Questions like this have become the center point of debate in recent years. As digital technology continues to grow rapidly, more and more people are finding themselves in hot water and facing white-collar crime charges. Computer fraud in particular has been a topic of great amounts of discourse as the charges and penalties for such activities expand.
Unfortunately, the question does not have a simple answer; rather it invites opinions, many of them voiced by the National Association of Criminal Defense Lawyers. The NACDL postulates that as computer fraud advances along with technology, the laws that govern these acts have exceeded their original intent. Specifically, the NACDL calls out the 2008 amendment to the original Computer Fraud and Abuse Act as the culprit. However, has the amendment actually over-criminalized this type of fraud?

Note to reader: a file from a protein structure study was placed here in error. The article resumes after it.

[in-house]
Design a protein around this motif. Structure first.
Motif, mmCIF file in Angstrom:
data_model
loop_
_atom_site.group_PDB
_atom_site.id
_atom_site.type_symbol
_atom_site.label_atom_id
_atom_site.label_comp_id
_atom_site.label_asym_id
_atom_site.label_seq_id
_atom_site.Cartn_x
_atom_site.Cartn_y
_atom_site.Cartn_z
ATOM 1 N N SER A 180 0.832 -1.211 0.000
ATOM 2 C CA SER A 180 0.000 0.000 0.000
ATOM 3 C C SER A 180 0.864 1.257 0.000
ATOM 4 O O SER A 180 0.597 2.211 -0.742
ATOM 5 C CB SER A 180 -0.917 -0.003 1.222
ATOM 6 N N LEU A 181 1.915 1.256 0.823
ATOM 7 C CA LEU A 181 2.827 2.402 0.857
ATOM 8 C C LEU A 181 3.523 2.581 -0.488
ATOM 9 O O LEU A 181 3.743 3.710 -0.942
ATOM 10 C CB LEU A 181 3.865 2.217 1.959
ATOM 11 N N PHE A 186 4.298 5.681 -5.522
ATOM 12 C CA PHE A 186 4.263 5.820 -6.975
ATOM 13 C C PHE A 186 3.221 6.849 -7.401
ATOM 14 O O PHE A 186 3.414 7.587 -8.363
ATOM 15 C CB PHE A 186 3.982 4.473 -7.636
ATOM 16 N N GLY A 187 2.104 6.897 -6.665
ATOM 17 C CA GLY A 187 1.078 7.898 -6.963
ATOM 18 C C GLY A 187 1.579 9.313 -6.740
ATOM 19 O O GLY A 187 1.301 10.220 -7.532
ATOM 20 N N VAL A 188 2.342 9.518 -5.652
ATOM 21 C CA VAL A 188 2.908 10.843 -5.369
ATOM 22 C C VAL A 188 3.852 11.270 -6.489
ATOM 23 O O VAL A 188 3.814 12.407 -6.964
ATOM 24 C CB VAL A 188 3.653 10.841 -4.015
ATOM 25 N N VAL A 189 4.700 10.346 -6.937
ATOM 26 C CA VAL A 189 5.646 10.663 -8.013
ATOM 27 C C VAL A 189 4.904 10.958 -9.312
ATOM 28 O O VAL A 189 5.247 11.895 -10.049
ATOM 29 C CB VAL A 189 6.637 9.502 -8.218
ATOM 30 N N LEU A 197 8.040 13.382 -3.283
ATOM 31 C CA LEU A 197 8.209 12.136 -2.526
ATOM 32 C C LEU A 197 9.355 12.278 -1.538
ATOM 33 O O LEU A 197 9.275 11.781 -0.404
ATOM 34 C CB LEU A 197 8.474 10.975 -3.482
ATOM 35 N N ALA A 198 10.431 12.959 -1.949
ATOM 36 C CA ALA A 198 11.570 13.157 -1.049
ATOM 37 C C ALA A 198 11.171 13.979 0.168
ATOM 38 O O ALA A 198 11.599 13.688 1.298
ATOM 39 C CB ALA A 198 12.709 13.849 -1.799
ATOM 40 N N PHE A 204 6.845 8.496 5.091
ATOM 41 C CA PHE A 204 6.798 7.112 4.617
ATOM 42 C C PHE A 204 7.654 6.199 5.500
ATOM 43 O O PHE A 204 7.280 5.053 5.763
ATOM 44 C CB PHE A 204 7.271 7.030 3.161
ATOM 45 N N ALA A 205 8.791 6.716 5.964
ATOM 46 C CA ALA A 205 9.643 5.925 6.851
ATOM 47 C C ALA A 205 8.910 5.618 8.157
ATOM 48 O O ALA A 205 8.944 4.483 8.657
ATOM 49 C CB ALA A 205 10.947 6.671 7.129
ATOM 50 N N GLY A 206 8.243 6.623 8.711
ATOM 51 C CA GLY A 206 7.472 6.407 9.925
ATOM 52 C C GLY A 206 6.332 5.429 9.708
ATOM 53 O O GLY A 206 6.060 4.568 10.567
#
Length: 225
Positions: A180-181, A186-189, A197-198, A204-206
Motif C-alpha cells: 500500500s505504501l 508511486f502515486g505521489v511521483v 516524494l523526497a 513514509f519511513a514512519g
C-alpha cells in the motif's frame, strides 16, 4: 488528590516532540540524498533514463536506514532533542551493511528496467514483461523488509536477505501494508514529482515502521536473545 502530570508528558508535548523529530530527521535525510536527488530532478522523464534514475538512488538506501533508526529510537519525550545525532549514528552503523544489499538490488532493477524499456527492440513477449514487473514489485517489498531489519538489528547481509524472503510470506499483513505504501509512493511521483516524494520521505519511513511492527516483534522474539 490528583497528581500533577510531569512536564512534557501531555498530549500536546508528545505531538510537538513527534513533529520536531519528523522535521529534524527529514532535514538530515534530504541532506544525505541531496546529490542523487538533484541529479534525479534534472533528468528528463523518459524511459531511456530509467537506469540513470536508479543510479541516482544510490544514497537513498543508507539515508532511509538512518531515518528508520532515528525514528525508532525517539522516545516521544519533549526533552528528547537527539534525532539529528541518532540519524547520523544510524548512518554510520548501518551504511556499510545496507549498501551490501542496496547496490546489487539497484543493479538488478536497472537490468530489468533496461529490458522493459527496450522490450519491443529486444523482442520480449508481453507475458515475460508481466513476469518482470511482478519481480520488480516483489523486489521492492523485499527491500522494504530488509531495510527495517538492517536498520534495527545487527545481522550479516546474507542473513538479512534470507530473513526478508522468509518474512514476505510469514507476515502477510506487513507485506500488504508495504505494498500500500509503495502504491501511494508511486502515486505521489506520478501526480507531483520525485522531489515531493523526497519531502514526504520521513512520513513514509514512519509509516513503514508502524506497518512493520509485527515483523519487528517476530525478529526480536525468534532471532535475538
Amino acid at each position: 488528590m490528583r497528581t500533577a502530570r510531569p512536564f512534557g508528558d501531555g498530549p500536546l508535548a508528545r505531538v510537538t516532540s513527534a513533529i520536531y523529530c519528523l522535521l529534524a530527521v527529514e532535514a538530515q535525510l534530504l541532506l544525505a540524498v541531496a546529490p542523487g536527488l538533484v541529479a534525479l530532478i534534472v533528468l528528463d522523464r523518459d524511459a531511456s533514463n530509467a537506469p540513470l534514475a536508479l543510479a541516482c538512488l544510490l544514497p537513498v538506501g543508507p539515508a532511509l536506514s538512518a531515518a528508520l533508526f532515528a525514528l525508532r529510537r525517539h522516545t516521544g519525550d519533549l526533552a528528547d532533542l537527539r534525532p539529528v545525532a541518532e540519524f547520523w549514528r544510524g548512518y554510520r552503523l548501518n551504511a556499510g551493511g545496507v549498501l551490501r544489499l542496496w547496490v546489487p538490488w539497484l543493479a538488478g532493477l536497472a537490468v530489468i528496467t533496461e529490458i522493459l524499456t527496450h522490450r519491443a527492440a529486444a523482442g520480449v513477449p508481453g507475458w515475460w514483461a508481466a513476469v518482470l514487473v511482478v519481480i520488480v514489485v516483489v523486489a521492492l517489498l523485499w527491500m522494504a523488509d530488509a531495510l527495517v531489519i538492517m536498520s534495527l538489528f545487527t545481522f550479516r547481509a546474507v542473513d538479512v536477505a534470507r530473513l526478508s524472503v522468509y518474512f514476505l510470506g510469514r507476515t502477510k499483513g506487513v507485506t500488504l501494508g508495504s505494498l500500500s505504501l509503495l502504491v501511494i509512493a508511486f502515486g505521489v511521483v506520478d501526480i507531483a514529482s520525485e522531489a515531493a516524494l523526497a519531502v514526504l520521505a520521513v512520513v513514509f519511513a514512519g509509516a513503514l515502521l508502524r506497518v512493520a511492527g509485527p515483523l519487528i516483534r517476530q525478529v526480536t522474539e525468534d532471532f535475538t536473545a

It is true that computer fraud still appears to be growing, but so is technology. Could Congress's response to this threat be overblown or is it actually in keeping with the problem? Again, no answer seems evident, but it is clear that more opinions are needed. If the public speaks out and offers an "every man" perspective on the fraud issues of today, perhaps the government could develop a solution that satisfies a greater segment of the population.
In the meantime, the best thing that Maryland-based defendants of white-collar crimes like computer fraud can do is to seek counsel from a criminal defense attorney. This way, defendants have the best chance of avoiding overblown penalties for the simplest alleged computer crimes such as accessing a computer to obtain information or trespassing in a computer.
Source: National Association of Criminal Defense Lawyers, "Computer Fraud and Abuse Act (CFAA)," accessed April. 02, 2015